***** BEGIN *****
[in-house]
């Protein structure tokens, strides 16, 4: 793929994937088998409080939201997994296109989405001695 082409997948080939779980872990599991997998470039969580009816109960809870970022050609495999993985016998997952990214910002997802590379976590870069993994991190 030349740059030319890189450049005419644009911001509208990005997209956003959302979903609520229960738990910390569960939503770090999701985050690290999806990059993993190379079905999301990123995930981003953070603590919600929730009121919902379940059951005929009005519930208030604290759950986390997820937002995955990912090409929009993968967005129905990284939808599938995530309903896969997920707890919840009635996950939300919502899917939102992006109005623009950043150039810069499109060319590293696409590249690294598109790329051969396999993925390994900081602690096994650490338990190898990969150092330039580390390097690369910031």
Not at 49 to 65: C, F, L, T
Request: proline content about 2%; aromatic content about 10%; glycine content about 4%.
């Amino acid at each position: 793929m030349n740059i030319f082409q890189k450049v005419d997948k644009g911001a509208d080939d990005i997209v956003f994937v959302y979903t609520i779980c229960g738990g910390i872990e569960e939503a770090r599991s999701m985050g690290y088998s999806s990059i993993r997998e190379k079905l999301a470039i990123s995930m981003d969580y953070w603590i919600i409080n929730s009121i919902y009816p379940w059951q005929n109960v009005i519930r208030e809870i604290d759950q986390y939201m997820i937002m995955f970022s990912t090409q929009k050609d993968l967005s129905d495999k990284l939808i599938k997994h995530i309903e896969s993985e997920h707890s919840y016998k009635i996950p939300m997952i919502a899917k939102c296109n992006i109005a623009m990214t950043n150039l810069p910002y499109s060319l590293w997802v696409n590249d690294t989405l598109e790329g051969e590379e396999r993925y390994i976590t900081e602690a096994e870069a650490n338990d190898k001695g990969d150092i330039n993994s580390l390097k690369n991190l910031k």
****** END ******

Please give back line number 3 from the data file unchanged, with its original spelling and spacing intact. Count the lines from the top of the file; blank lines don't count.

Not at 49 to 65: C, F, L, T